Lauren Clay:
Tread, Riser, Passage

online exclusive

You’ll need to sign up to view this exhibition

London Collective on Vortic Collect

10 – 23 July 2020

The exhibition is available to view via the App Store on Vortic Collect

Lauren Clay’s solo exhibition titled Tread, Riser, Passage consisted of new works by the artist, and was showcased as part of London Collective on Vortic Collect.


This exhibition includes a series of five works on paper in conjunction with two wall-based paper installations. Lauren Clay toys with the physical and the virtual; her process of working is a dance between the two which combines painting, sculpture, architecture, and design to re-envision their potential for spatial contrast, fantasy, and confusion. Clay’s process transforms small collages of hand-marbled paper into an immersive floor-to-ceiling environment which she creates digitally, and then translates back into a physical space; or in this instance: a virtual space. The wallpaper installations acquire a double layer of illusionistic yet improbable spaces floating on a background of seemingly never-ending undulating stripes of colour.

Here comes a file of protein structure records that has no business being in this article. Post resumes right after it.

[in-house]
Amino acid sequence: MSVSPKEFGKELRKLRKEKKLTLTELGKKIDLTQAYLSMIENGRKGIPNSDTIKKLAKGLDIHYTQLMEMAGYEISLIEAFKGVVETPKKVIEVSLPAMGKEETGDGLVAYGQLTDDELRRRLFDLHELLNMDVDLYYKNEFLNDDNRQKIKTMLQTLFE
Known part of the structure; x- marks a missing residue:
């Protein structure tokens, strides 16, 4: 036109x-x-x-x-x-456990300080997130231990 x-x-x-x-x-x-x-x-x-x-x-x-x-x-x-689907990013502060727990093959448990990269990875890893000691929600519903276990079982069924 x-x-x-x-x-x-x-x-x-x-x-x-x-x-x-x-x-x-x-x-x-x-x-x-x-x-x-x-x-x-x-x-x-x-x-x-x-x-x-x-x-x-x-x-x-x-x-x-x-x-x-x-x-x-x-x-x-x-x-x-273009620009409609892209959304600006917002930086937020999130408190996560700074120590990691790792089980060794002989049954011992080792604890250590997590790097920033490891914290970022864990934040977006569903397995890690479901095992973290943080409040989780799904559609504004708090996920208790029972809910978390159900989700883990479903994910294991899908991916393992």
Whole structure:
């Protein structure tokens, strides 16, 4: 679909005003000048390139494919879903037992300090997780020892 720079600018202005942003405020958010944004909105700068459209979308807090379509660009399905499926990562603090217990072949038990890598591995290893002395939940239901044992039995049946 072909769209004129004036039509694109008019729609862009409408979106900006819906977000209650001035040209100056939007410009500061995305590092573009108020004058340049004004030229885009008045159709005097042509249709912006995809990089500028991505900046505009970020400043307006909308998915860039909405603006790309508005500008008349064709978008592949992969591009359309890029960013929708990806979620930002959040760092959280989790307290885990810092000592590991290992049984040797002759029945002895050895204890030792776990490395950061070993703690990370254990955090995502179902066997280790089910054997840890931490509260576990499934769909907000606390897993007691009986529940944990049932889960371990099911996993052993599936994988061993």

The works on paper are part of a body of work which show sculptural forms on a flat surface, and which, like the wallpaper, are suggestive of her work in further dimensions; they hint at the shapes’ physicality suggested by the wallpaper, whose architectural arches, columns, and possible edifices are nonetheless patently unreal. The oneiric spaces turn the vision into pathways through time, space, and scale, in which the viewers are asked to continually reposition themselves, at once playful and spiritual.

With these works she is exploring how the psyche can manifest itself in architectural forms, inspired by Jung’s description of his seminal dream, his dream house, which inspired his idea of the collective unconscious. The idea that a house reflects our psyche and the different layers correspond to archetypal inhabitants of our own psychology. She is also drawing from imagery of Ka doors from Egyptian and Etruscan tombs, these false doors were thought to create a passageway between the spiritual world and the physical realm. Many of the doorways are knotted or obstructed, referencing Celtic knots and knot patterns in Roman decorative floor mosaics

Installation Views